The Phoenix required a head of steam to tackle some of the bigger hills at Badlands Off Road Park.
It didn’t take our newbie long to get comfortable on the Phoenix.
On the day of the photo shoot at the Badlands Off Road Park in Attica, Ind. (about 80 miles northwest of Indianapolis) I brought along my personal Yamaha YFZ450 to accompany the Phoenix 200. As soon as we got to the park I realized the battery was dead in my YFZ, so I had to be pull started each time we moved locations. We hooked up my YFZ to the Phoenix 200 and let her tug away. To my surprise the Phoenix pulled me through the deep sand with no problem! Although I was a little embarrassed to have my girlfriend pull start me on a pink ATV, the Phoenix came to the rescue.
Despite its impressive towing ability, Olivia found that a few locations at the park proved challenging for the Phoenix – the long, steep, sandy hills in particular. She had to make sure she had good run at the hill ahead to have enough speed to reach the top. When she did find herself stuck on one of the sandy hills, she found it easy to switch the automatic transmission to reverse and get herself out of a hole and back down the hill with no help from me.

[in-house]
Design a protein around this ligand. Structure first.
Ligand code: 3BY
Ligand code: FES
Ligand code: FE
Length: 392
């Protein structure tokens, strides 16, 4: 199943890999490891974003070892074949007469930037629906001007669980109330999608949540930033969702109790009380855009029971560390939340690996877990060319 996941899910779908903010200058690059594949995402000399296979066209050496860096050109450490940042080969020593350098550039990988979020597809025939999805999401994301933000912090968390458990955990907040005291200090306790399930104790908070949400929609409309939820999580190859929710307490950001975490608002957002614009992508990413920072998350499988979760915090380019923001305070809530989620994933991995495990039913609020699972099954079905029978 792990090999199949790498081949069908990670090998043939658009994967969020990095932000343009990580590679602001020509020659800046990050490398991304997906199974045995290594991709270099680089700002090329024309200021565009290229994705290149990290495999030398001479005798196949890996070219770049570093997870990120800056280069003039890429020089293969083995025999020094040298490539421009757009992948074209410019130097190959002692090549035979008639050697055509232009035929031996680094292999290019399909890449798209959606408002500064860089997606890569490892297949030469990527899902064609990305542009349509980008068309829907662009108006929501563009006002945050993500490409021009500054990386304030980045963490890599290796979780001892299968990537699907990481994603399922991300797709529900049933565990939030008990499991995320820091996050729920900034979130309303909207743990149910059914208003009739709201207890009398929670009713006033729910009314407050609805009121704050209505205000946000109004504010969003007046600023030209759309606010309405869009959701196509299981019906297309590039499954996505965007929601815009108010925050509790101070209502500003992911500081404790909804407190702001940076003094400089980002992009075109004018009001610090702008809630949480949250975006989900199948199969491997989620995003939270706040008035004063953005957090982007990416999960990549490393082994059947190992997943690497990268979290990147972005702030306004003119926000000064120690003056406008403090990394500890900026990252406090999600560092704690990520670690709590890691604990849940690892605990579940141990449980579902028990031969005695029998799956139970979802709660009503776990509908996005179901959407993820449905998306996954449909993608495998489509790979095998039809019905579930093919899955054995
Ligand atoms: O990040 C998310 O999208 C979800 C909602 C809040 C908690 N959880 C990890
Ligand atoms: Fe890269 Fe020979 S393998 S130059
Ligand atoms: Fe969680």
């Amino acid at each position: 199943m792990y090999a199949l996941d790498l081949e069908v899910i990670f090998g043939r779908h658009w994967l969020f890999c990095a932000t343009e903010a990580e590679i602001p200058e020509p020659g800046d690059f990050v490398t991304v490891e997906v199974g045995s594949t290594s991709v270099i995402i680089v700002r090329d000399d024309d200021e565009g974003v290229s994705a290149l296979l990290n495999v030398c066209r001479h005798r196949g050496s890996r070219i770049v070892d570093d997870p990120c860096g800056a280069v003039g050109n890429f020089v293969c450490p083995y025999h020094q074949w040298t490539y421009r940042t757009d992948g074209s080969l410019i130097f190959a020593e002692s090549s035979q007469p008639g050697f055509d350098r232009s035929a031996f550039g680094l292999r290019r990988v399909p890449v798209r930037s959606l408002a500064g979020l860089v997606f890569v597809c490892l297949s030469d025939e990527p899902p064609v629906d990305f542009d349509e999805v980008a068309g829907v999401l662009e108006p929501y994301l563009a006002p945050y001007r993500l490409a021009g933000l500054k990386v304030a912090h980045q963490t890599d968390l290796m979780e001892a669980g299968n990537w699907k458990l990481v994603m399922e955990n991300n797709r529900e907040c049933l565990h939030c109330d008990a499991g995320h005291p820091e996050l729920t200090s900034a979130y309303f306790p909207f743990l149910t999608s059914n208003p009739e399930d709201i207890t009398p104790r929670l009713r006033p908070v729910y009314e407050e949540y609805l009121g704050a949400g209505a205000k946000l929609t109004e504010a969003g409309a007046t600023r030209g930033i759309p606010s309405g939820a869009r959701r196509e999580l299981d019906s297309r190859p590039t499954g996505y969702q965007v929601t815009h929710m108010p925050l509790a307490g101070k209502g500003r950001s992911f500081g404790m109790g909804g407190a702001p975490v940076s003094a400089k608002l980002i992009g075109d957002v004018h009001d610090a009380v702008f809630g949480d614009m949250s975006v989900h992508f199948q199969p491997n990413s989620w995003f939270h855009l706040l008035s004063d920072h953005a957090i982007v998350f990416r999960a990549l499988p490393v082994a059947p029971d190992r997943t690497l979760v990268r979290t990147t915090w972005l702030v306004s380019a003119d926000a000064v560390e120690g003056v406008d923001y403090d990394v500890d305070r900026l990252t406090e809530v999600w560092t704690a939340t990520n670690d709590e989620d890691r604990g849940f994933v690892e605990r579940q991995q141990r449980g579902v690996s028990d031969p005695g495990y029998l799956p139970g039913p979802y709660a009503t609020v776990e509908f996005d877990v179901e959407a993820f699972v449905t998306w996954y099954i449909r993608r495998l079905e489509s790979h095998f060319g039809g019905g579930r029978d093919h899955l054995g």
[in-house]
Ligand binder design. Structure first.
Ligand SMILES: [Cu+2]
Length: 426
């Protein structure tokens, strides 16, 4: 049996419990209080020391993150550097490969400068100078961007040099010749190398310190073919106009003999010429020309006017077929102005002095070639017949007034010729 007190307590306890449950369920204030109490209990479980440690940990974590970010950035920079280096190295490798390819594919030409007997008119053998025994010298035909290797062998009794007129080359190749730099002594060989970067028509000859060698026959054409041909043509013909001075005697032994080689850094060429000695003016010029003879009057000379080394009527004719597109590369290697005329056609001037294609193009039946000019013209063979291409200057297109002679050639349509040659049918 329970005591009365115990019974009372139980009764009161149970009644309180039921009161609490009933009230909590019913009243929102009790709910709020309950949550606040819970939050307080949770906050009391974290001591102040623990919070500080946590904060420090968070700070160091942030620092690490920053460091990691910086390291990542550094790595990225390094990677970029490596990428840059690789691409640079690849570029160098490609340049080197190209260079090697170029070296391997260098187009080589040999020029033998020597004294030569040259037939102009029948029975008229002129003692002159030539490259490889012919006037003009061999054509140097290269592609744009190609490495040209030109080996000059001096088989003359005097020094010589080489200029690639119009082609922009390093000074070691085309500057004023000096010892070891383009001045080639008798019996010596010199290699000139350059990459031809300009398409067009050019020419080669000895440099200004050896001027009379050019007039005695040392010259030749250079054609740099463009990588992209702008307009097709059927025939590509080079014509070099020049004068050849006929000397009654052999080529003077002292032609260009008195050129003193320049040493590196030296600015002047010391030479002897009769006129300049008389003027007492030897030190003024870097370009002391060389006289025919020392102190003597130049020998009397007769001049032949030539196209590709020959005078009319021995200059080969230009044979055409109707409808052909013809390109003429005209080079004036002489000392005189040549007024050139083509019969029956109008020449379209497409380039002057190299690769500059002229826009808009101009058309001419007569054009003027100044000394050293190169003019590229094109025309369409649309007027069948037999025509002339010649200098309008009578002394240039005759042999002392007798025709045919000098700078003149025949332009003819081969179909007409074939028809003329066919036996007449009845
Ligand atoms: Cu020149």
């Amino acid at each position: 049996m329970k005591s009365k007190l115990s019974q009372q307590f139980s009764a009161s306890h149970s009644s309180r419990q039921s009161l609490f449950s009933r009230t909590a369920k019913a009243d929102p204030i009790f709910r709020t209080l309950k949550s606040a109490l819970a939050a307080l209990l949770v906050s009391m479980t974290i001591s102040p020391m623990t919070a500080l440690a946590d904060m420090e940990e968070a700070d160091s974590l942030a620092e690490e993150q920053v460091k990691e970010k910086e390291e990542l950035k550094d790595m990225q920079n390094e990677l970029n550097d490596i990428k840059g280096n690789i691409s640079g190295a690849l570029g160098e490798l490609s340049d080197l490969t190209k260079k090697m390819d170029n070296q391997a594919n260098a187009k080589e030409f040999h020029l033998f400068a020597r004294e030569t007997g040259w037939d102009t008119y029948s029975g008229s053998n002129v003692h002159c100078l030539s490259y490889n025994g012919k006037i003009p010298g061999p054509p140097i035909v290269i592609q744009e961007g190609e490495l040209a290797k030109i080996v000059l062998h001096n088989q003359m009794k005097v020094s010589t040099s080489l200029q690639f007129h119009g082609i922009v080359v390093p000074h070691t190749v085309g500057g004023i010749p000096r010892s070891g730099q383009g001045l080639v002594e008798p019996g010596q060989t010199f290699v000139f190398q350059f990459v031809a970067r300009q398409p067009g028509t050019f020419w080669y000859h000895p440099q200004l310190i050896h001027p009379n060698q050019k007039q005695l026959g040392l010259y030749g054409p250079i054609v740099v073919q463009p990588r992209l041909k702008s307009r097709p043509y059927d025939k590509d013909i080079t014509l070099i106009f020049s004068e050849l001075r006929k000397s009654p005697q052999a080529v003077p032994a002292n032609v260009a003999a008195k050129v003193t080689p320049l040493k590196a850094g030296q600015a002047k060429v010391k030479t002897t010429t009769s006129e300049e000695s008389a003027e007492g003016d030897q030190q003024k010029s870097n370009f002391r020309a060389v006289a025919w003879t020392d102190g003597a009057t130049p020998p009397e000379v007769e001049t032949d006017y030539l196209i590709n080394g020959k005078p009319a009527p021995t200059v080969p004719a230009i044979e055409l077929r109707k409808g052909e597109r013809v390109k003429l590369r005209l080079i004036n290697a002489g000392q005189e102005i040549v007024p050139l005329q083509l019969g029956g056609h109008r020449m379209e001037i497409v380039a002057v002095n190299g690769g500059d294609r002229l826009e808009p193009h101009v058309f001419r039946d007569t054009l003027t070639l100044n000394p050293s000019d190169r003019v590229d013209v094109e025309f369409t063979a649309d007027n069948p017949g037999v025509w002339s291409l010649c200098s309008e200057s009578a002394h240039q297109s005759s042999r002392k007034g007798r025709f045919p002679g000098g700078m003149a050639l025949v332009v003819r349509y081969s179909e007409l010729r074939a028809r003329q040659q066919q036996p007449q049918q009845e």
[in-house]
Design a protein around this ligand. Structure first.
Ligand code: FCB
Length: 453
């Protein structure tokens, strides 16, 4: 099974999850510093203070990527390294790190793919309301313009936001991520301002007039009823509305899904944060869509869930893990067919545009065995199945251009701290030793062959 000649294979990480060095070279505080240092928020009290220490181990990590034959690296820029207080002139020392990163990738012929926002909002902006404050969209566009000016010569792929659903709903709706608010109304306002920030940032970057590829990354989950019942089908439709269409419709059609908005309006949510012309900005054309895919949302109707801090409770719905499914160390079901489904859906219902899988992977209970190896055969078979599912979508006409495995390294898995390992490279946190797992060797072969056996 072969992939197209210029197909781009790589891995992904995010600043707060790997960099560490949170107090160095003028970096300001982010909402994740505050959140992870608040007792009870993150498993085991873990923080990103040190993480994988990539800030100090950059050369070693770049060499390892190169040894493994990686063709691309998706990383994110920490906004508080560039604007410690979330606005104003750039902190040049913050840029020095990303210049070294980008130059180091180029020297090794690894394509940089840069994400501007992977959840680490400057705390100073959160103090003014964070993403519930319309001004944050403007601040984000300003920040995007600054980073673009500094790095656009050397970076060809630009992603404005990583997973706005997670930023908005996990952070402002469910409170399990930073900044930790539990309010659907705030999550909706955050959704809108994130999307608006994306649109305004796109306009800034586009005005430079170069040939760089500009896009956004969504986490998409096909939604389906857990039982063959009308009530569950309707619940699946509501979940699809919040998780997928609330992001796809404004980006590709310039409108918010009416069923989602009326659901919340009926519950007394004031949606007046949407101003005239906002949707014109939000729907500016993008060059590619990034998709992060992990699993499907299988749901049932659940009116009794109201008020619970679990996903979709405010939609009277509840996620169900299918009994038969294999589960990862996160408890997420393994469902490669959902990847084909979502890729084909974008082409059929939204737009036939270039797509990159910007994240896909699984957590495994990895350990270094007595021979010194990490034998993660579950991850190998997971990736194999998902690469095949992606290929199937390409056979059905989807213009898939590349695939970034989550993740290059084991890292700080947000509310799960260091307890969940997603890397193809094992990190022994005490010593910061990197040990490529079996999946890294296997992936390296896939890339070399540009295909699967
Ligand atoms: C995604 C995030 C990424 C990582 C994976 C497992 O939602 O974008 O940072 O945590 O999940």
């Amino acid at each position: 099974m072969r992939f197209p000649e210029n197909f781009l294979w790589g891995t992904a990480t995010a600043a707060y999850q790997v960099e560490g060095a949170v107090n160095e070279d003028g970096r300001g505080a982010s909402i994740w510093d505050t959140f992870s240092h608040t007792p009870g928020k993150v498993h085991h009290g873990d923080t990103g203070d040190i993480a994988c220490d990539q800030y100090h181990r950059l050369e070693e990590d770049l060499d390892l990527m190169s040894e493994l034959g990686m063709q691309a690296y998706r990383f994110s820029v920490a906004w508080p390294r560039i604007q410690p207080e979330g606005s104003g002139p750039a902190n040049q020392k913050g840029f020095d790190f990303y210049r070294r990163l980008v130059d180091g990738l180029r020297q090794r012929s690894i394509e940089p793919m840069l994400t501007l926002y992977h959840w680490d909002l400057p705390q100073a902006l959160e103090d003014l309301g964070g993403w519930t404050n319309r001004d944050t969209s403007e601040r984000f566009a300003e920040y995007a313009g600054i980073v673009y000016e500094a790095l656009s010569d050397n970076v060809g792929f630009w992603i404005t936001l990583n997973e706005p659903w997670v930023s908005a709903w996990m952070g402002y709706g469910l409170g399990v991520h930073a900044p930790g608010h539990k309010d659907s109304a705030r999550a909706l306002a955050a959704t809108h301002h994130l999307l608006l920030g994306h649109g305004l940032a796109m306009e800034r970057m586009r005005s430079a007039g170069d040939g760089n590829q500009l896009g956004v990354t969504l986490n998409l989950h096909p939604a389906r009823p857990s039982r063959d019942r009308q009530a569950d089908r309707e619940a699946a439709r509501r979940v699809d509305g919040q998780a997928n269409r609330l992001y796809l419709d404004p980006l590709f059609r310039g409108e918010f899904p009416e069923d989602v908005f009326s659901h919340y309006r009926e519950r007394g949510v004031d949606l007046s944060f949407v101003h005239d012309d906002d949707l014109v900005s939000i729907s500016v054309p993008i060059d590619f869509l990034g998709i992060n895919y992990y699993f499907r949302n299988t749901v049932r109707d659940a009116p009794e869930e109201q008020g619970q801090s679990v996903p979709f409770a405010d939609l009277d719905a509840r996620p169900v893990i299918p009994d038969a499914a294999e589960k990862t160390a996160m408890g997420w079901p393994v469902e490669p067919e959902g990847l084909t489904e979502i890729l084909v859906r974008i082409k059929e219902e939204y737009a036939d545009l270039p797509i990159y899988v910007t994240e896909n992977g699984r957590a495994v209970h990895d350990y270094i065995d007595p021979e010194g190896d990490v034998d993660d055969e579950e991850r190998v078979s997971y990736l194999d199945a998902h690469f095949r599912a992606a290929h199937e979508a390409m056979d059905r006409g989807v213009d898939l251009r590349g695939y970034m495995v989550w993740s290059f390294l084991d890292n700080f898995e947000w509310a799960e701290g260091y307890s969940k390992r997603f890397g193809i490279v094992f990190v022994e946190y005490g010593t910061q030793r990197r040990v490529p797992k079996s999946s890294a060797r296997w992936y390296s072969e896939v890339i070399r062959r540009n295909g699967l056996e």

I was shocked to see how comfortable Olivia was on the Polaris Phoenix 200. After just a few days riding the Phoenix she felt confident enough to ride it up the steep ramp into the bed of the truck. It handled some difficult terrain and made a novice rider feel in control
“The Phoenix is very comfortable while riding and is easy to control while going up hills and through rough trails,” said Olivia.
While Olivia had a great time aboard the Phoenix, she found with her quick learning curve and a little bit of coaching she began to outgrow the ATV. It’s a great quad for beginners or people who might be too timid to try more powerful machines; however, a little more power would help with the long-term enjoyment.
If you are thinking of introducing your daughter to ATV riding and she isn’t dating a test rider (that you know of), the Polaris Phoenix 200 would make a very good first ATV. If pink is not your color and you’re shopping for your son, Polaris does offer the Phoenix in a nice red red/black color scheme.
If you’re looking for a fun, easy to ride ATV for a beginner, the Phoenix 200 should be on your short list.
At $3,299, the Phoenix 200 is definitely worth a look for the beginners out there, but for those of you (like Olivia) who want a little more power consider also the Polaris Trail Boss 330 and Trail Blazer 330. Both feature fully automatic transmissions and we’ll have reviews of each in the coming weeks. Stay tuned.
|2009 Polaris Phoenix 200 Specifications|
|2010 Polaris ATV Lineup Preview|
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Published August 11th, 2009 11:43 AM